Mentoring is a relationship between people with different levels of experience. Its main goal is to enable learning and growth. In contrast to a teacher a mentor works with one person or a small group and thus can give individual support. The more experienced mentor guides the mentee for a certain duration of time.
In newspapers we sometimes read about political mentors. These are influential people who foster ambitious young politicians' careers. This informal style of mentorship represents a traditional model. Today there are numerous programs that organize the mentor-mentee relationship in a more focused way. Companies, institutions, universities, schools, and social work organizations all use mentorships. An essential part of mentoring is the ability to enable learning and growth, often understood as non-formal, practical learning. Mentoring is similar approach to coaching.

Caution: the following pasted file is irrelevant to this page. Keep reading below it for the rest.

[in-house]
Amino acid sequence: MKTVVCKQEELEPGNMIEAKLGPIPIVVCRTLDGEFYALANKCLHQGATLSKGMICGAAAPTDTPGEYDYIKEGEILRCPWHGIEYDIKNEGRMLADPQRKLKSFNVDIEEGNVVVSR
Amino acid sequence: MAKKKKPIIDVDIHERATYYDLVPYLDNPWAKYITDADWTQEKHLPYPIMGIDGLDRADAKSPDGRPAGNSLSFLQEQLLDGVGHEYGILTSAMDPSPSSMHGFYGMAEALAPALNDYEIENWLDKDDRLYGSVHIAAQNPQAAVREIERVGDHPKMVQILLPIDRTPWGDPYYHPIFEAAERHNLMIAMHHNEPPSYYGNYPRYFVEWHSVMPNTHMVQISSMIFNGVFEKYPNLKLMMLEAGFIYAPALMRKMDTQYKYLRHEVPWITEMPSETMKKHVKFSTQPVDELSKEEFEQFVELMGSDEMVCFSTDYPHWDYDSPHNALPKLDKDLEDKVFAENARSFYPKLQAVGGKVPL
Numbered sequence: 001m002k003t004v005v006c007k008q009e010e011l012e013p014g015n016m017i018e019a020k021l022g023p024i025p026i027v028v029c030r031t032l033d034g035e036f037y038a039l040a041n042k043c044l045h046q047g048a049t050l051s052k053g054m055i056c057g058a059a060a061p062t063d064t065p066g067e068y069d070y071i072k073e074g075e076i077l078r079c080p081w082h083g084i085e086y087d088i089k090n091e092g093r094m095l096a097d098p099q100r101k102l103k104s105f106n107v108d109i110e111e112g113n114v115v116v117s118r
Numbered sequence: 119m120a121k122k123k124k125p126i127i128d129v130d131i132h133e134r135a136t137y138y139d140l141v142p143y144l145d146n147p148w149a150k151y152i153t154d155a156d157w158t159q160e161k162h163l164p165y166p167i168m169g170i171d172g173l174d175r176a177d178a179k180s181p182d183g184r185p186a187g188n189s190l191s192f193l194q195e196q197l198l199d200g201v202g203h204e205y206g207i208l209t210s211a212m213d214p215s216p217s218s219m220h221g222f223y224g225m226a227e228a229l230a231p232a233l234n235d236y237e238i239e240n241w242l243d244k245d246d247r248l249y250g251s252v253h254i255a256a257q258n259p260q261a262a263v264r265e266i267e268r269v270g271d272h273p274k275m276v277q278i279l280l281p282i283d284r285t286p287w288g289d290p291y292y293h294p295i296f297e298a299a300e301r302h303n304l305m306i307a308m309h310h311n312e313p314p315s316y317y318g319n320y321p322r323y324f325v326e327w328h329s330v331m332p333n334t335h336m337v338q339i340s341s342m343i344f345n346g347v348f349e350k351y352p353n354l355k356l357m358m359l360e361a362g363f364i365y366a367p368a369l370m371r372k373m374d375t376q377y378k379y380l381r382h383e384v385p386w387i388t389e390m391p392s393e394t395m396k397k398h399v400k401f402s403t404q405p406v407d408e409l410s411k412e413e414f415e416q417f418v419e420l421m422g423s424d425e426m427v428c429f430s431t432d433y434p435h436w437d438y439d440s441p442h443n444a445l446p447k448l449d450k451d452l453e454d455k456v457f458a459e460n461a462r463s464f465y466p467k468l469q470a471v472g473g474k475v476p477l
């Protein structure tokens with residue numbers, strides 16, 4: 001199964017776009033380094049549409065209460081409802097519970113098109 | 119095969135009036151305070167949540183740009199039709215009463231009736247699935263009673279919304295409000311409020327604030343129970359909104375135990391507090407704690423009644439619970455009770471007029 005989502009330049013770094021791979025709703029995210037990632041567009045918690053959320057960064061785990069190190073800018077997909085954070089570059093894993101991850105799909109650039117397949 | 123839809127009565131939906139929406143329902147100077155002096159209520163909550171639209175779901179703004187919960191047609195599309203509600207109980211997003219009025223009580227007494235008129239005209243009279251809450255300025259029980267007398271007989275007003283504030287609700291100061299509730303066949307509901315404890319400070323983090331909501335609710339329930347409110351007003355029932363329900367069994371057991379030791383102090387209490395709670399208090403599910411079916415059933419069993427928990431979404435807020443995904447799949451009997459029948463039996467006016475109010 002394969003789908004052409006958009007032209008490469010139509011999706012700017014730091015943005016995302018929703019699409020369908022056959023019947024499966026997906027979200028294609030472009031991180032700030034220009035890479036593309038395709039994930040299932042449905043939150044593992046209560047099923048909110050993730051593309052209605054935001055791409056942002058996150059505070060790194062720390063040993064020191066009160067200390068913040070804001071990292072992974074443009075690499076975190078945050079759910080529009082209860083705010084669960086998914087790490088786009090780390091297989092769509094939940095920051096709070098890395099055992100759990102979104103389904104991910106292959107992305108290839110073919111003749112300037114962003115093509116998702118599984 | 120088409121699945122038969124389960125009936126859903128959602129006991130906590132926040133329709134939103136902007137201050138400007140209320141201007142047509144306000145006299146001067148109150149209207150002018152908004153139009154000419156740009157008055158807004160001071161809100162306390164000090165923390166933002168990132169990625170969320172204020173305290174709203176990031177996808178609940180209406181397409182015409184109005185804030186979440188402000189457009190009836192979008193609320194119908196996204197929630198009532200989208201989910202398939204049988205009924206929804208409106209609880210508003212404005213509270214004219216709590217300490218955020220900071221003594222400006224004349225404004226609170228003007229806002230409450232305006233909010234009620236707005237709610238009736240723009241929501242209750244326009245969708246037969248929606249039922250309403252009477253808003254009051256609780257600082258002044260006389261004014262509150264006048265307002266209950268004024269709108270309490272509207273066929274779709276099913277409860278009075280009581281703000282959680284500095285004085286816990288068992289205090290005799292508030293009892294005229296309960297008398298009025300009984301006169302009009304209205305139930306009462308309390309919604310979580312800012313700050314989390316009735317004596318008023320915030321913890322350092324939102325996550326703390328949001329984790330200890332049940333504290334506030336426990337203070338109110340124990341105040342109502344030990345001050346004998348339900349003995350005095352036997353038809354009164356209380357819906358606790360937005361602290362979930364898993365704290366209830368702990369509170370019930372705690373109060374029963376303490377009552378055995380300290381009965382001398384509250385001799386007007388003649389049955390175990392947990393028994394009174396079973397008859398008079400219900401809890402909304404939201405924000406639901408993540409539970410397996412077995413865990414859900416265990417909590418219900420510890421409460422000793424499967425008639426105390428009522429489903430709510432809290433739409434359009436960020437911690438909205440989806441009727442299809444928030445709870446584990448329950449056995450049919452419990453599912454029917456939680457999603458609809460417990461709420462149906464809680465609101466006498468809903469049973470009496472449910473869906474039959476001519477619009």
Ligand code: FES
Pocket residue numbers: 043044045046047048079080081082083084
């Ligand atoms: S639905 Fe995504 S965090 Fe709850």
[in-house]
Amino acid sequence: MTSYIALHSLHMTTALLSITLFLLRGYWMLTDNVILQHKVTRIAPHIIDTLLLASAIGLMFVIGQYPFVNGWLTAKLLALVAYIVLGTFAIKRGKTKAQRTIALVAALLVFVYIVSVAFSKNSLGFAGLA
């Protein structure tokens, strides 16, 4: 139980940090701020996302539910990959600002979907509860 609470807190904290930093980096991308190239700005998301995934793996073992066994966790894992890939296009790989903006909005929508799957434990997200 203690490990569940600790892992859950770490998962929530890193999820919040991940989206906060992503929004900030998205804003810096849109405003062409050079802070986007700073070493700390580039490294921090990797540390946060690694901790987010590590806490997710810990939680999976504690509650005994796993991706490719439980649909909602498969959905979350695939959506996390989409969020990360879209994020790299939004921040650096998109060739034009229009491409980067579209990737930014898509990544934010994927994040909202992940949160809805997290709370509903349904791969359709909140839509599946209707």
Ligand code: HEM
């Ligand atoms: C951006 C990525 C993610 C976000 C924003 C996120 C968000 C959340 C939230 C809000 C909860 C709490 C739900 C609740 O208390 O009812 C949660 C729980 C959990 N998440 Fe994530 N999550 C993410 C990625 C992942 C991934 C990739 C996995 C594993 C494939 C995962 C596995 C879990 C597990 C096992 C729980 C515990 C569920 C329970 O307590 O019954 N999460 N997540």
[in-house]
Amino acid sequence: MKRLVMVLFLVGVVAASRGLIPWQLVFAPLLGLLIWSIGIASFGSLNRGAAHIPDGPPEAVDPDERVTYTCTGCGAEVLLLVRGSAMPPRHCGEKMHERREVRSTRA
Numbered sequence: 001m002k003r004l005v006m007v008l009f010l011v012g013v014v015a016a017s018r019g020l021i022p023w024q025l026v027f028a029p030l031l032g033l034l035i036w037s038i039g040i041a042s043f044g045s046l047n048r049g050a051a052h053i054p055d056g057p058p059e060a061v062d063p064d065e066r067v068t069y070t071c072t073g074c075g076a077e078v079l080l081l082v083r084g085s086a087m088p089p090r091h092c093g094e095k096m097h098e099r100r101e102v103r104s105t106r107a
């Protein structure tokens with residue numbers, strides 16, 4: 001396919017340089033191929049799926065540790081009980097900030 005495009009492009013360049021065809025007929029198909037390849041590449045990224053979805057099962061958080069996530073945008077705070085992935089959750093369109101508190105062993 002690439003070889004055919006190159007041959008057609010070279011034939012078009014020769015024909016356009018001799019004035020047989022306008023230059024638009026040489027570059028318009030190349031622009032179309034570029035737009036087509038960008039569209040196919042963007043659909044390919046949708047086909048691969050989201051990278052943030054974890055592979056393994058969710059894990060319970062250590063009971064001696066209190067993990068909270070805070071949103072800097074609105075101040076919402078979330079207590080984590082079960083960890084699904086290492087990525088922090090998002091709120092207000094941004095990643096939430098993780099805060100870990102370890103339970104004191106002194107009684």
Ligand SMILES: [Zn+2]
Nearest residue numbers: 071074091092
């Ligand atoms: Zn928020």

It is a good idea for you to find a mentor, whether it is organized through a mentoring program or an informal agreement. You gain access to another person's experience. This person can help you to reflect on how your work is seen by others and has access to a network that can be supportive for you as well.
Mentoring represents an informal relationship between two people: an (often older) mentor who supports a (less experienced) mentee by sharing his or her own personal experience and expertise, motivating and encouraging, advising and coaching.
 Why mentoring?
- Planning a Mentorship
- Phases of Mentoring
- Responsibilities in Mentoring
- Constructive Feedback
- Documentation of a Mentorship
- Checklist: Preparing a Mentoring Meeting
- Checklist: Assessment of a Meeting